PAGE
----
Published: August 8th, 2018
Earth-abundant minerals play important roles in the natural hydrothermal systems. Here, we describe a reliable and cost-effective method for the experimental investigation of organic-mineral interactions under hydrothermal conditions.
Organic-mineral interactions are widely occurring in hydrothermal environments, such as hot springs, geysers on land, and the hydrothermal vents in the deep ocean. Roles of minerals are critical in many hydrothermal organic geochemical processes. Traditional hydrothermal methodology, which includes using reactors made of gold, titanium, platinum, or stainless-steel, is usually associated with the high cost or undesired metal catalytic effects. Recently, there is a growing tendency for using the cost-effective and inert quartz or fused silica glass tubes in hydrothermal experiments. Here, we provide a protocol for carrying out organic-mineral hydrothermal experiments in silica tubes, and we describe the essential steps in the sample preparation, experimental setup, products separation, and quantitative analysis. We also demonstrate an experiment using a model organic compound, nitrobenzene, to show the effect of an iron-containing mineral, magnetite, on its degradation under a specific hydrothermal condition. This technique can be applied to study complex organic-mineral hydrothermal interactions in a relatively simple laboratory system.
Hydrothermal environments (i.e., aqueous media at elevated temperatures and pressures) are ubiquitous on Earth. The hydrothermal chemistry of organic compounds plays an essential role in a wide range of geochemical settings, such as organic sedimentary basins, petroleum reservoirs, and the deep biosphere1,2,3. Organic carbon transformations in hydrothermal systems occur not only in pure aqueous medium but also with dissolved or solid inorganic materials, such as Earth-abundant minerals. Minerals have been found to dramatically and selectively influence the hydrotherm....
1. Prepare the Sample for Hydrothermal Experiment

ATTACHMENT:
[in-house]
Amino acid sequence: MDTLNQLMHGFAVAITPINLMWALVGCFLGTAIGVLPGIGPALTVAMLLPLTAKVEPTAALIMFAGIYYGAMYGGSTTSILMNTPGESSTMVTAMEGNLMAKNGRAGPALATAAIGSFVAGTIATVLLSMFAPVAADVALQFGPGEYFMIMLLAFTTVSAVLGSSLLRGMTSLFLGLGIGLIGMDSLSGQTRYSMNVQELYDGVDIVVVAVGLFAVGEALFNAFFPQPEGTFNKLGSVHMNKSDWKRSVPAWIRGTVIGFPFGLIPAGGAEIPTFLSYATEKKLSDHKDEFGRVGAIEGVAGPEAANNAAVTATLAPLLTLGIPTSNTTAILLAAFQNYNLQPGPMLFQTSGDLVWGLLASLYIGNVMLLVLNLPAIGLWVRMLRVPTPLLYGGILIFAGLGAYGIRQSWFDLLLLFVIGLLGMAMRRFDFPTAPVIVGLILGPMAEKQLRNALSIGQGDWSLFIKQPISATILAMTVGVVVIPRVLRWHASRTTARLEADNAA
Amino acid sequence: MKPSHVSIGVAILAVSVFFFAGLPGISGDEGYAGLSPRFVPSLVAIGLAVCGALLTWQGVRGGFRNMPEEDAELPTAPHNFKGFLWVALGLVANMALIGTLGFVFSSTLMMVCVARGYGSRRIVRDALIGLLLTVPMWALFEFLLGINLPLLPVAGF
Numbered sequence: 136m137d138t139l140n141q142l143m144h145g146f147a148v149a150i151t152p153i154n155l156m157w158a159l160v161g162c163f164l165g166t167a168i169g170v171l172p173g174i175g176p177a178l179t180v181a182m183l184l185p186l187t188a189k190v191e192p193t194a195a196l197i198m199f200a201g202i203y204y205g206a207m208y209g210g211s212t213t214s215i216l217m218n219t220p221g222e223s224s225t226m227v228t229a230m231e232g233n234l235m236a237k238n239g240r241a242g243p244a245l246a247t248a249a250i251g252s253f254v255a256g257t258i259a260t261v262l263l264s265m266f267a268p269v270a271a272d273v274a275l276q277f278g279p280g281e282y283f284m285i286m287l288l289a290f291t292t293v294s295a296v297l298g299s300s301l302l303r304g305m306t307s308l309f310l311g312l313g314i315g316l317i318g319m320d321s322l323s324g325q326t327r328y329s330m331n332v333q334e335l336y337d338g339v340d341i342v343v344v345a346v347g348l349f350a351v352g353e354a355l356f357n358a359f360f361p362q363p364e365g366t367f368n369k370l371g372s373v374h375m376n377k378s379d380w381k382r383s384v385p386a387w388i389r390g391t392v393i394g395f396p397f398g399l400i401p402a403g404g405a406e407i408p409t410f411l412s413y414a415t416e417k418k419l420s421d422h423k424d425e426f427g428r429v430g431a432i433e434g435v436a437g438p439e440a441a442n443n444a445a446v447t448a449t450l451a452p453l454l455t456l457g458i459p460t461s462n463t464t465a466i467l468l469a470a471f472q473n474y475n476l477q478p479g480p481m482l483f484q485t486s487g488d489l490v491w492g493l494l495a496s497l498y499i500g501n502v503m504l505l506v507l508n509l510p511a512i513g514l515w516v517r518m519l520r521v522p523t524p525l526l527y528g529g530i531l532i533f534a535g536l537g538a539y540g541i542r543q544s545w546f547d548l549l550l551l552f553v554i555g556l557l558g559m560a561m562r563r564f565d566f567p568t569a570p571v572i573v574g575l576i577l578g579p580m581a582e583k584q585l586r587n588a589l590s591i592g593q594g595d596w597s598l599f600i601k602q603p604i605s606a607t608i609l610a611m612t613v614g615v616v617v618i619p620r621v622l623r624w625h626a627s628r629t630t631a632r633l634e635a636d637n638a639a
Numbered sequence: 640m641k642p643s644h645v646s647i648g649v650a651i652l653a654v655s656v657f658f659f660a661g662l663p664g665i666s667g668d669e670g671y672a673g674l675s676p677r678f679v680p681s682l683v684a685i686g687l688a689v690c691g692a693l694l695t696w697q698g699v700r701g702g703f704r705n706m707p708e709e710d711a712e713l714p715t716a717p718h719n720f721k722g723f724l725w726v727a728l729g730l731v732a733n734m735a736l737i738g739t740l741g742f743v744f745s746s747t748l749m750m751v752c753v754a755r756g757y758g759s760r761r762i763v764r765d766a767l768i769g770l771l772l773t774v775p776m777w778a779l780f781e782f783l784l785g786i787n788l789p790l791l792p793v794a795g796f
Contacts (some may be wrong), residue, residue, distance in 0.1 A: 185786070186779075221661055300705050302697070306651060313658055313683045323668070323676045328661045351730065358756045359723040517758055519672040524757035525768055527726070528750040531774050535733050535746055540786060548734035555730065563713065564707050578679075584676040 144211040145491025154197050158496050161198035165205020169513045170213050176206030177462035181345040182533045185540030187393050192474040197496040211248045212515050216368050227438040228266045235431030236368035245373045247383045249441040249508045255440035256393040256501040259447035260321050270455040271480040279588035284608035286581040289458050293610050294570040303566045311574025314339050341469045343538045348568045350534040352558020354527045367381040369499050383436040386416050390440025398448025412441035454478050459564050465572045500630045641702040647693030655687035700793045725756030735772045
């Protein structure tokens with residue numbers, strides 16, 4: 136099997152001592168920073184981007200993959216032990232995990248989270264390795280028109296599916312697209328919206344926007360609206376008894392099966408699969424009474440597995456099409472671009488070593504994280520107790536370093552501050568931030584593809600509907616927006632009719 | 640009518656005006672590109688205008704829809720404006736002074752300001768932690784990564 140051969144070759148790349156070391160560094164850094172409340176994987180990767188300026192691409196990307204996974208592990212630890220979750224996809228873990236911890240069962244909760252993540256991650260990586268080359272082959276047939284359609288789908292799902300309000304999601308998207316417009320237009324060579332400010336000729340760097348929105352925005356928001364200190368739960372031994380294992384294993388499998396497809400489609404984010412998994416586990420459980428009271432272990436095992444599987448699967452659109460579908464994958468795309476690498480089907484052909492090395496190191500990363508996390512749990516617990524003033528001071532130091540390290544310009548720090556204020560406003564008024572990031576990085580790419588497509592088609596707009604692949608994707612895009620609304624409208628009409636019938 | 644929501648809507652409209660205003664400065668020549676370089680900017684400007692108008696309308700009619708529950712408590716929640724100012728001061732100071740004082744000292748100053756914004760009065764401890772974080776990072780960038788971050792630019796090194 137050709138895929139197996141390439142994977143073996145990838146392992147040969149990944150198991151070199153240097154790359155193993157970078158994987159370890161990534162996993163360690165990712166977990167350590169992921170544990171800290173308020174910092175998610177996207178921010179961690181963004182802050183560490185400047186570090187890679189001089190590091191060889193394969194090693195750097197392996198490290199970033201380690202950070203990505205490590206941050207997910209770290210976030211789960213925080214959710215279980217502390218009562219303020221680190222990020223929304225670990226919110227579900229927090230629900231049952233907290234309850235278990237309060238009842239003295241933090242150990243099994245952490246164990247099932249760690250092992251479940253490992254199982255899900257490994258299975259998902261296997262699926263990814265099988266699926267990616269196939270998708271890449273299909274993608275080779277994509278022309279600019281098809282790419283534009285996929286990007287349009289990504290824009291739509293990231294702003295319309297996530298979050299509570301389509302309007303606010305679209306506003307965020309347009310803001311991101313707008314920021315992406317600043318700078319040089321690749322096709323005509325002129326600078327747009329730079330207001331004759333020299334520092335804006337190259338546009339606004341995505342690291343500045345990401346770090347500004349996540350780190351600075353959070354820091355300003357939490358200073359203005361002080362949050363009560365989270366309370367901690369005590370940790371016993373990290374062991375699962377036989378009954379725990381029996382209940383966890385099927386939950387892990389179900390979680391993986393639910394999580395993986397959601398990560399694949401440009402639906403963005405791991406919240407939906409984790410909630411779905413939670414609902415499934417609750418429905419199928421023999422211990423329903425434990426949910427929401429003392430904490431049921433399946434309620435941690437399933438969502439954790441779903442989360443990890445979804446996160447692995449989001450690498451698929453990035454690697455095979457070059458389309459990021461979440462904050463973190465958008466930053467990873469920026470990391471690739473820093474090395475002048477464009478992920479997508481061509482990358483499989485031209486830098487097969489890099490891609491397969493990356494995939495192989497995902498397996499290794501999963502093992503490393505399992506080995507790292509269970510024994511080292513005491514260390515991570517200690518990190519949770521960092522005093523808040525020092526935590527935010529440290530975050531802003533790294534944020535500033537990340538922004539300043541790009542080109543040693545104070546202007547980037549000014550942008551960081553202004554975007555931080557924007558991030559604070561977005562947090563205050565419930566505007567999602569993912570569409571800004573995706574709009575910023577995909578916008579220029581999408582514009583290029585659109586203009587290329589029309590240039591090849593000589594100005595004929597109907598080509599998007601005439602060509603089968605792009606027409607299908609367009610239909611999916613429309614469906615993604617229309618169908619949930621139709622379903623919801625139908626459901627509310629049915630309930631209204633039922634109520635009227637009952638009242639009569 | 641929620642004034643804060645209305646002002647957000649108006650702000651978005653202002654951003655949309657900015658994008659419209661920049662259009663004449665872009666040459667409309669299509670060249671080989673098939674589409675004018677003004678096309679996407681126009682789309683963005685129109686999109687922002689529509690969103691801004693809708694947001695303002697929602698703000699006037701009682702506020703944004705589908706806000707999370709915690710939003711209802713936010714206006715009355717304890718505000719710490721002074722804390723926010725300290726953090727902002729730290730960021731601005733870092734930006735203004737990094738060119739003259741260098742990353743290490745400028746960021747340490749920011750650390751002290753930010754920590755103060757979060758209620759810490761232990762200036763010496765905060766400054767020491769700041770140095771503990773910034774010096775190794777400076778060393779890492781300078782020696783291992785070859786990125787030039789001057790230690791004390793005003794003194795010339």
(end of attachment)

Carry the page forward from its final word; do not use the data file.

To demonstrate how to use this approach to study hydrothermal organic-mineral interactions, a simple experiment using a model compound, nitrobenzene, was conducted with mineral magnetite (Fe3O4) at a hydrothermal condition of 150 °C and 5 bars for 2 h. To show the mineral effect, an experiment of nitrobenzene without mineral was also performed under the same hydrothermal condition. As shown in Figure 1a, two silica tubes were made f.......
In this study, we used nitrobenzene with mineral magnetite as an example to demonstrate how to evaluate mineral effects on hydrothermal organic reactions. Although the experiments are carried out in small silica glass tubes, highly reproducible results are observed in the magnetite experiments, i.e., 30.3 ± 1.4% in nitrobenzene conversion, which suggests the effectiveness and the reliability of this hydrothermal protocol. In the no-mineral experiments, the conversion of nitrobenzene is 5.2 ± 2.1%, whic.......
We thank the H.O.G. group at Arizona State University for developing the initial methodology of these hydrothermal experiments, and in particular, we thank I. Gould, E. Shock, L. Williams, C. Glein, H. Hartnett, K. Fecteau, K. Robinson, and C. Bockisch, for their guidance and helpful assistance. Z. Yang and X. Fu were funded by startup funds from Oakland University to Z. Yang.....
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